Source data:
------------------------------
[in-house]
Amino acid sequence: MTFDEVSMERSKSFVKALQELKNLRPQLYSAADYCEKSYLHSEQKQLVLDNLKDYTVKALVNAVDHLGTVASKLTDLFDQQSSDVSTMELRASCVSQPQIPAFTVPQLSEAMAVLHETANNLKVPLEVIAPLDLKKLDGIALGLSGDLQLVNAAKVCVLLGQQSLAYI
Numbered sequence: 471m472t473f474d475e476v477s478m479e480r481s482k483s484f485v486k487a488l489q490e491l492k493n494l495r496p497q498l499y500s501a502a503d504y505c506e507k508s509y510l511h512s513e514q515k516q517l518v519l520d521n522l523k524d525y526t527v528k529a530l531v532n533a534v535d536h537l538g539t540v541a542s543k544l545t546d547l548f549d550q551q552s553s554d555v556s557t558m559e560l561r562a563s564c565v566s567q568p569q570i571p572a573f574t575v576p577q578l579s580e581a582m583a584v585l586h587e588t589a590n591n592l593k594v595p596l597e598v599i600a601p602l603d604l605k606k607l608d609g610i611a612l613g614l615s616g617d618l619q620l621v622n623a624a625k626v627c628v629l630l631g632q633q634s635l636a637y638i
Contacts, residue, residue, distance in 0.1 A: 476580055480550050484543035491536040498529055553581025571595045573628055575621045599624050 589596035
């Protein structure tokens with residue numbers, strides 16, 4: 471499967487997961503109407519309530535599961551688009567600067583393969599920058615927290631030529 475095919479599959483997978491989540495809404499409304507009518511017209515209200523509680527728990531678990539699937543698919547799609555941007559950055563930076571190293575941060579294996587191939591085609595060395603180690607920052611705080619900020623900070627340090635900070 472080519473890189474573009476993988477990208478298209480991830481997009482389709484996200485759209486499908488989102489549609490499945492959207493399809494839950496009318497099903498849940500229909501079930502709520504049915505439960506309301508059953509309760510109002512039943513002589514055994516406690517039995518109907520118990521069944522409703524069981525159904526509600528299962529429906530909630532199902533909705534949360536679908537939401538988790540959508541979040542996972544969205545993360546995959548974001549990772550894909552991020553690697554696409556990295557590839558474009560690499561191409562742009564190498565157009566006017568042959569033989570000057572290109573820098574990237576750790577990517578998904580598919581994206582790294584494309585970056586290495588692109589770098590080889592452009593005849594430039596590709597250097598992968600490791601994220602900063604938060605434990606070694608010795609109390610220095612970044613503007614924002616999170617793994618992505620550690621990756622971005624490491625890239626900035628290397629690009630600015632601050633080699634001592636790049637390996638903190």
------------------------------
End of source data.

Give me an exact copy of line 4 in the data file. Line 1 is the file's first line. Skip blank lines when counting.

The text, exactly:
Contacts, residue, residue, distance in 0.1 A: 476580055480550050484543035491536040498529055553581025571595045573628055575621045599624050 589596035